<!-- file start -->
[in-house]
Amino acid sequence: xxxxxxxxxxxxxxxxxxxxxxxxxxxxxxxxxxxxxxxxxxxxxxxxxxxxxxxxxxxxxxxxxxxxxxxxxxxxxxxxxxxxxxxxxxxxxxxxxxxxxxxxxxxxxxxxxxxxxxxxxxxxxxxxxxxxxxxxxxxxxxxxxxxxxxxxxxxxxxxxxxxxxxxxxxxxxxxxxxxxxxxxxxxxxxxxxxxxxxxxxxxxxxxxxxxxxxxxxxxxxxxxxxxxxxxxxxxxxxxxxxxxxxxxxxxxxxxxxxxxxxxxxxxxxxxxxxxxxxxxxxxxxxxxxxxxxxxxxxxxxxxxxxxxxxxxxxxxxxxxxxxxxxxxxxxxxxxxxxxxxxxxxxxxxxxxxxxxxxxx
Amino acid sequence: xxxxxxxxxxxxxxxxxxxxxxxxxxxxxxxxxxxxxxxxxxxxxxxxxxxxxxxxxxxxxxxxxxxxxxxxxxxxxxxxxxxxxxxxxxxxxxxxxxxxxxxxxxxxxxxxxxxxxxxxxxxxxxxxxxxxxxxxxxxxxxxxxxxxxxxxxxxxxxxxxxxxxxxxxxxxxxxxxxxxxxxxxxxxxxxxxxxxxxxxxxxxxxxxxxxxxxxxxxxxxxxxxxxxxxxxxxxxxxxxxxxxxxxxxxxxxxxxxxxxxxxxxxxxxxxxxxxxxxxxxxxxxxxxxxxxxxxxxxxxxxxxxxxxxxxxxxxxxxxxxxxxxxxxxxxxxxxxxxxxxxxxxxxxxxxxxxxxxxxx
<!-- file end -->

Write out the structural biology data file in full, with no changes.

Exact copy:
[in-house]
Amino acid sequence: xxxxxxxxxxxxxxxxxxxxxxxxxxxxxxxxxxxxxxxxxxxxxxxxxxxxxxxxxxxxxxxxxxxxxxxxxxxxxxxxxxxxxxxxxxxxxxxxxxxxxxxxxxxxxxxxxxxxxxxxxxxxxxxxxxxxxxxxxxxxxxxxxxxxxxxxxxxxxxxxxxxxxxxxxxxxxxxxxxxxxxxxxxxxxxxxxxxxxxxxxxxxxxxxxxxxxxxxxxxxxxxxxxxxxxxxxxxxxxxxxxxxxxxxxxxxxxxxxxxxxxxxxxxxxxxxxxxxxxxxxxxxxxxxxxxxxxxxxxxxxxxxxxxxxxxxxxxxxxxxxxxxxxxxxxxxxxxxxxxxxxxxxxxxxxxxxxxxxxxx
Amino acid sequence: xxxxxxxxxxxxxxxxxxxxxxxxxxxxxxxxxxxxxxxxxxxxxxxxxxxxxxxxxxxxxxxxxxxxxxxxxxxxxxxxxxxxxxxxxxxxxxxxxxxxxxxxxxxxxxxxxxxxxxxxxxxxxxxxxxxxxxxxxxxxxxxxxxxxxxxxxxxxxxxxxxxxxxxxxxxxxxxxxxxxxxxxxxxxxxxxxxxxxxxxxxxxxxxxxxxxxxxxxxxxxxxxxxxxxxxxxxxxxxxxxxxxxxxxxxxxxxxxxxxxxxxxxxxxxxxxxxxxxxxxxxxxxxxxxxxxxxxxxxxxxxxxxxxxxxxxxxxxxxxxxxxxxxxxxxxxxxxxxxxxxxxxxxxxxxxxxxxxxxxx